A tardigrade in Dominican amber

Marc A. Mapalo, Ninon Robin, Brendon E. Boudinot, Javier Ortega-Hernández, Phillip Barden

Research output: Contribution to journalArticlepeer-review

5 Scopus citations


Tardigrades are a diverse group of charismatic microscopic invertebrates that are best known for their ability to survive extreme conditions. Despite their long evolutionary history and global distribution in both aquatic and terrestrial environments, the tardigrade fossil record is exceedingly sparse. Molecular clocks estimate that tardigrades diverged from other panarthropod lineages before the Cambrian, but only two definitive crown-group representatives have been described to date, both from Cretaceous fossil deposits in North America. Here, we report a third fossil tardigrade from Miocene age Dominican amber. Paradoryphoribius chronocaribbeus gen. et sp. nov. is the first unambiguous fossil representative of the diverse superfamily Isohypsibioidea, as well as the first tardigrade fossil described from the Cenozoic. We propose that the patchy tardigrade fossil record can be explained by the preferential preservation of these microinvertebrates as amber inclusions, coupled with the scarcity of fossiliferous amber deposits before the Cretaceous.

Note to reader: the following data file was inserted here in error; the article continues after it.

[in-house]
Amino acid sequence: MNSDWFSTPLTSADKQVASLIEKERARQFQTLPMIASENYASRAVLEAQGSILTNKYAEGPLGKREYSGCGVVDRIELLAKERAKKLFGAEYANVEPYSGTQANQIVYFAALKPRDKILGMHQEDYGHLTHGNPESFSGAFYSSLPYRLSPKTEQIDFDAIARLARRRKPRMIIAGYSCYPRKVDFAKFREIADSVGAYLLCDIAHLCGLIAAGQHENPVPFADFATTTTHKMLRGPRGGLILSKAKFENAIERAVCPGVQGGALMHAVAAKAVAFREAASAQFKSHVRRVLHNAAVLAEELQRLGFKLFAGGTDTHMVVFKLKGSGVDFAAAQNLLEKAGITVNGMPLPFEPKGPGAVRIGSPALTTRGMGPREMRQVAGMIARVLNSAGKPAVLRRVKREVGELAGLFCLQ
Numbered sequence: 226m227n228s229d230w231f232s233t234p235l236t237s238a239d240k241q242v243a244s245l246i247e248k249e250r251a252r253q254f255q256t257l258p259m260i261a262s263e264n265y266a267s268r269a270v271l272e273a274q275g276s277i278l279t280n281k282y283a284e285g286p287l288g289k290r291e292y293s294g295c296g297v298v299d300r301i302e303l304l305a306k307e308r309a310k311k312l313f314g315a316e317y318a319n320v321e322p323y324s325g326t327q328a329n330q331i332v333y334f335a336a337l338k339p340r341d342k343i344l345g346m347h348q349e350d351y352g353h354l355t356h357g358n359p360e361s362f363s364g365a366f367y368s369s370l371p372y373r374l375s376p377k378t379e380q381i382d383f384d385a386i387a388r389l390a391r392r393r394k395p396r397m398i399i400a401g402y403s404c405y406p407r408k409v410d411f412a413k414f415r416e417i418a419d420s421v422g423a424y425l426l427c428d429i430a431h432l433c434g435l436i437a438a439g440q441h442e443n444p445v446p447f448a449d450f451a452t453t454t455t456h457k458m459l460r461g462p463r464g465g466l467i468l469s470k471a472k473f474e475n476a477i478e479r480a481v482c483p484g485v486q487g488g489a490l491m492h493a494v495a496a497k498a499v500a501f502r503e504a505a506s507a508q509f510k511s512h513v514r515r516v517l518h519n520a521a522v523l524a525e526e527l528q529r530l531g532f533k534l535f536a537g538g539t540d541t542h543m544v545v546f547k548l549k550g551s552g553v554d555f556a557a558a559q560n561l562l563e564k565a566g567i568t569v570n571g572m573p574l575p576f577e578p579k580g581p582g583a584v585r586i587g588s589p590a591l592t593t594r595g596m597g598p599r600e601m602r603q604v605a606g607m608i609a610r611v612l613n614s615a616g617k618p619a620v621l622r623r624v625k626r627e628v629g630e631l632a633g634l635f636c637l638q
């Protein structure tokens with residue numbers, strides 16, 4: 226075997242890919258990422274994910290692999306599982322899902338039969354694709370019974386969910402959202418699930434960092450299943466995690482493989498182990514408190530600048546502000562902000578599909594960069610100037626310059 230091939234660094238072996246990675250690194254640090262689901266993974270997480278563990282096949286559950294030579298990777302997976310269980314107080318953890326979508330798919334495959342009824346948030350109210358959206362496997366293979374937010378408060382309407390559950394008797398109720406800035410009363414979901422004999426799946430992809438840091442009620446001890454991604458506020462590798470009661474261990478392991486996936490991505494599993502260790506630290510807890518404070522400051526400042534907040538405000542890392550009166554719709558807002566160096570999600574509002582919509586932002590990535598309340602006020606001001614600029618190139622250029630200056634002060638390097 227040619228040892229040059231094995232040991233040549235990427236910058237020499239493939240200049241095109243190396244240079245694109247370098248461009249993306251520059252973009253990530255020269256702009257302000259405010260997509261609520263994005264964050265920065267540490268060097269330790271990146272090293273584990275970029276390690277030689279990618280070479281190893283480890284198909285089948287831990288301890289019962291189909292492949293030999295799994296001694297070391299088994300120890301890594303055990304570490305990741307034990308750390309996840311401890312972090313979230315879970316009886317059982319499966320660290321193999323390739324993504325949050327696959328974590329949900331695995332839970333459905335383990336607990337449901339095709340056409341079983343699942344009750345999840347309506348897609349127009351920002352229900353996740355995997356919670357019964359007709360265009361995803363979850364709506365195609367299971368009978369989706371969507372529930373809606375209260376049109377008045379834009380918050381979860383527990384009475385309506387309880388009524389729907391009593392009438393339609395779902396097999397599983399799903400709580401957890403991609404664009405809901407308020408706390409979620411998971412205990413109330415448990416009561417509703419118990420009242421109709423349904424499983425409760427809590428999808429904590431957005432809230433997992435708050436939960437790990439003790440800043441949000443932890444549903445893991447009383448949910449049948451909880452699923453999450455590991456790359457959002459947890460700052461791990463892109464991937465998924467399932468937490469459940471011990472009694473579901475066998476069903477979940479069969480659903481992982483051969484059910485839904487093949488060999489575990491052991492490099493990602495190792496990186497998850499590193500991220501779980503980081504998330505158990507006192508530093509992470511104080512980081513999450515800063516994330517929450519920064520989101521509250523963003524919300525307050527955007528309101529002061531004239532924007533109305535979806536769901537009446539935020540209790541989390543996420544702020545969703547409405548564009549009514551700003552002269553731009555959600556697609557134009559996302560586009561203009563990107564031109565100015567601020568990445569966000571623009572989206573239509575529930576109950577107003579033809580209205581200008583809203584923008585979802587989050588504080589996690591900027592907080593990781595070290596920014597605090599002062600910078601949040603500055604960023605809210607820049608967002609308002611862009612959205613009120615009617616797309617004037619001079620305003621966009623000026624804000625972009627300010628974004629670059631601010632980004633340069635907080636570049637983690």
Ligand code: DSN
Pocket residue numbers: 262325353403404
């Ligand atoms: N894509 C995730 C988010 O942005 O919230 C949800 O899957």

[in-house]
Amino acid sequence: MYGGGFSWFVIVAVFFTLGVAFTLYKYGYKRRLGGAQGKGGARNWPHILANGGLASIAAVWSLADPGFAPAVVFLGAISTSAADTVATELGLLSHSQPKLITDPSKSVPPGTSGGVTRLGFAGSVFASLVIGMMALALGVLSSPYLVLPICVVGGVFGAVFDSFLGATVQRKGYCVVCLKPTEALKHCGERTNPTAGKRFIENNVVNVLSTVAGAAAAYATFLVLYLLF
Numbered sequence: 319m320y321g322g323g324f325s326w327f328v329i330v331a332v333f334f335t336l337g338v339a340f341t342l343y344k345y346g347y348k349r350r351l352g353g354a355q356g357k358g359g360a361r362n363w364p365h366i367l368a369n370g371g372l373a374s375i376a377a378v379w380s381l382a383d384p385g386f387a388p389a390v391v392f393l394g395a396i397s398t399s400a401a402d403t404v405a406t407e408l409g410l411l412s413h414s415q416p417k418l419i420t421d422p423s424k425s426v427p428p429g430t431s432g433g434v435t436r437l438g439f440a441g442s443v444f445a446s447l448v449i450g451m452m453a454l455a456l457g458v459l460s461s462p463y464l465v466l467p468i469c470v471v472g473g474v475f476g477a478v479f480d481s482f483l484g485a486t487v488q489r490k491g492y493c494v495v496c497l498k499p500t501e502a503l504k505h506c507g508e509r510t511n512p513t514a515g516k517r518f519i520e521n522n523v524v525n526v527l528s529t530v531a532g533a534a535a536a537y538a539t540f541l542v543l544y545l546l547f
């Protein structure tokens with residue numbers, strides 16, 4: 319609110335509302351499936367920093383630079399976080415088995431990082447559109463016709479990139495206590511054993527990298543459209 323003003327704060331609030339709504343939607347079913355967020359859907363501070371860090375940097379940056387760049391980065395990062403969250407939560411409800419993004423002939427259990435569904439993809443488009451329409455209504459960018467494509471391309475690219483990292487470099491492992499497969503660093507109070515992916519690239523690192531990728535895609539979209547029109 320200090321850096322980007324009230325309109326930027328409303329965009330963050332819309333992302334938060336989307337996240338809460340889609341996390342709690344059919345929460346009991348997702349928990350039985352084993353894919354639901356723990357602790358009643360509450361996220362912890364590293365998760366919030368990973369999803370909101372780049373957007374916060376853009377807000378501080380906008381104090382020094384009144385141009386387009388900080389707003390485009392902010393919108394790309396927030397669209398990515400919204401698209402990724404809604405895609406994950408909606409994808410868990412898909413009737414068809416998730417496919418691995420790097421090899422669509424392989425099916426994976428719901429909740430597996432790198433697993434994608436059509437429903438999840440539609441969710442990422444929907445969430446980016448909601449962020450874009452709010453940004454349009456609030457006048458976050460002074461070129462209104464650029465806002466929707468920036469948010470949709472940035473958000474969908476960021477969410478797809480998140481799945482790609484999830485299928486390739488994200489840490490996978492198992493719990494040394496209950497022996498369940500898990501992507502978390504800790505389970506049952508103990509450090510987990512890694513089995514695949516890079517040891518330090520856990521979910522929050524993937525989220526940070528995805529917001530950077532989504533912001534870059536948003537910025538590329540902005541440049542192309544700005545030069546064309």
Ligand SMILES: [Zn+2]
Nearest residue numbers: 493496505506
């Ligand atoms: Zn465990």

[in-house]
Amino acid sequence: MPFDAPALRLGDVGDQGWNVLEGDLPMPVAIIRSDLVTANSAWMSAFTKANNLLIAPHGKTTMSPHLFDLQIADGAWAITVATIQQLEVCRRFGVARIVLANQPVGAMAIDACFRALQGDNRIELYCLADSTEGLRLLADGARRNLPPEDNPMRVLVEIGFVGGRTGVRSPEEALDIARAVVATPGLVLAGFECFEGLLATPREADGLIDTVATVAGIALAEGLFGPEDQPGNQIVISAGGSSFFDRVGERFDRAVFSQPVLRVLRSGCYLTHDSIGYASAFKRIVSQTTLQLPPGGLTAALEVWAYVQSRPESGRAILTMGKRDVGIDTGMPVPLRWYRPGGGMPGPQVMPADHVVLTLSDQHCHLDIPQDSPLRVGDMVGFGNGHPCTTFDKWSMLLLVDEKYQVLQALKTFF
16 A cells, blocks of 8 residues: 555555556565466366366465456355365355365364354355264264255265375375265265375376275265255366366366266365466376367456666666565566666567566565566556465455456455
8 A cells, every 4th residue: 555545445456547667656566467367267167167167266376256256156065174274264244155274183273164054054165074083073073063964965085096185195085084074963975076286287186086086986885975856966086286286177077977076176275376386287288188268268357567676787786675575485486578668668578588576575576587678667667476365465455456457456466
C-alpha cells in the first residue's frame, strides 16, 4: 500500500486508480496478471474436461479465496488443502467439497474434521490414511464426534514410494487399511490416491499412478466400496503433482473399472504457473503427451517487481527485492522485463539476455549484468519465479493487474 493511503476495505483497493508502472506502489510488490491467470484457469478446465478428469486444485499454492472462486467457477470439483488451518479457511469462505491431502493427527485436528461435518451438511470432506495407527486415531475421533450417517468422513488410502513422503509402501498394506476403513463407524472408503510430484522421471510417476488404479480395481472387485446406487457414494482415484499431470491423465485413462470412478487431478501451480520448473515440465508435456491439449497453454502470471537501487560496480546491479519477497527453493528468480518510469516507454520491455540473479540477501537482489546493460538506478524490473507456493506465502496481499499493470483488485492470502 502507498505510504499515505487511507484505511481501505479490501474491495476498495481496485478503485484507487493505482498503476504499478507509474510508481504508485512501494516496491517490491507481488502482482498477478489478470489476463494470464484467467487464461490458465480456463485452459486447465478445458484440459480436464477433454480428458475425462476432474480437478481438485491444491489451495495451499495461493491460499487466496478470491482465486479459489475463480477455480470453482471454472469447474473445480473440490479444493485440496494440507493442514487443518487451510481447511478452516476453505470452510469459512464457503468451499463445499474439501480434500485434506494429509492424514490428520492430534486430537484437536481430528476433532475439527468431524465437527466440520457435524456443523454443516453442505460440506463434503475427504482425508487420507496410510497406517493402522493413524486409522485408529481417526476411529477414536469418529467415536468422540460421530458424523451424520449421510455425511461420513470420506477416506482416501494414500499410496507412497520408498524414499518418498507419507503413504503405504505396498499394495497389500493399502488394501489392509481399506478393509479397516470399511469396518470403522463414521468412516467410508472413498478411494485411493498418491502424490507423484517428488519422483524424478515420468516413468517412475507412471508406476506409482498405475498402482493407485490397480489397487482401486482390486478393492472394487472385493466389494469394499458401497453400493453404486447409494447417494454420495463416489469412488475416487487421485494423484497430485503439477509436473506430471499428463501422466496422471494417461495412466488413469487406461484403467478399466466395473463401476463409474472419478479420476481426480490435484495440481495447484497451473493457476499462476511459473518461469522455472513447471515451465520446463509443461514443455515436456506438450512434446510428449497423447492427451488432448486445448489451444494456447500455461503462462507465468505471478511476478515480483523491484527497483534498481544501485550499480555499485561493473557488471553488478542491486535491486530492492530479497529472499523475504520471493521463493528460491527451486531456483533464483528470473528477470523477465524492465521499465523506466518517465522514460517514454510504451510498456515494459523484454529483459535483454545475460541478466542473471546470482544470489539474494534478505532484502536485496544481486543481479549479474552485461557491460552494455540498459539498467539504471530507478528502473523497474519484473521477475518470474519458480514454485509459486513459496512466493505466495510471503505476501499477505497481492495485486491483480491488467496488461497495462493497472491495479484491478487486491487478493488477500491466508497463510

Original languageEnglish (US)
Article number20211760
JournalProceedings of the Royal Society B: Biological Sciences
Issue number1960
StatePublished - 2021

All Science Journal Classification (ASJC) codes

  • General Immunology and Microbiology
  • General Biochemistry, Genetics and Molecular Biology
  • General Environmental Science
  • General Agricultural and Biological Sciences


  • Eutardigrada
  • Miocene
  • Paradoryphoribius
  • invertebrate palaeontology


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